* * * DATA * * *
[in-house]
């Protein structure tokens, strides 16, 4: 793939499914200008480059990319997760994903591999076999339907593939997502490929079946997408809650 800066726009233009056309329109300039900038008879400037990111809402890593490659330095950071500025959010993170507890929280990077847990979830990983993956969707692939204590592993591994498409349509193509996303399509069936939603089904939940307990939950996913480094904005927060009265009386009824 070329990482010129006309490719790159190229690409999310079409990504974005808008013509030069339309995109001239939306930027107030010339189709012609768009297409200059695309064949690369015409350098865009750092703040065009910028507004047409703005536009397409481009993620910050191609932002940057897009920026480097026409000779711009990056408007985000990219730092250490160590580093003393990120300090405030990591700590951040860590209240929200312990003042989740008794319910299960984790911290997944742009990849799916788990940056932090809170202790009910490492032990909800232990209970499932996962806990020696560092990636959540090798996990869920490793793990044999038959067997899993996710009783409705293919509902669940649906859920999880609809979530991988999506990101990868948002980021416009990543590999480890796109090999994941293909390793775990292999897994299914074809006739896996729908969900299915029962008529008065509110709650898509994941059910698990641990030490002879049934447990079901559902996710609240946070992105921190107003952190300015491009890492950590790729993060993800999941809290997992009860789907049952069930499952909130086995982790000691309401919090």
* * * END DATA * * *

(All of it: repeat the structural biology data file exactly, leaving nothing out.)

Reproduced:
[in-house]
């Protein structure tokens, strides 16, 4: 793939499914200008480059990319997760994903591999076999339907593939997502490929079946997408809650 800066726009233009056309329109300039900038008879400037990111809402890593490659330095950071500025959010993170507890929280990077847990979830990983993956969707692939204590592993591994498409349509193509996303399509069936939603089904939940307990939950996913480094904005927060009265009386009824 070329990482010129006309490719790159190229690409999310079409990504974005808008013509030069339309995109001239939306930027107030010339189709012609768009297409200059695309064949690369015409350098865009750092703040065009910028507004047409703005536009397409481009993620910050191609932002940057897009920026480097026409000779711009990056408007985000990219730092250490160590580093003393990120300090405030990591700590951040860590209240929200312990003042989740008794319910299960984790911290997944742009990849799916788990940056932090809170202790009910490492032990909800232990209970499932996962806990020696560092990636959540090798996990869920490793793990044999038959067997899993996710009783409705293919509902669940649906859920999880609809979530991988999506990101990868948002980021416009990543590999480890796109090999994941293909390793775990292999897994299914074809006739896996729908969900299915029962008529008065509110709650898509994941059910698990641990030490002879049934447990079901559902996710609240946070992105921190107003952190300015491009890492950590790729993060993800999941809290997992009860789907049952069930499952909130086995982790000691309401919090």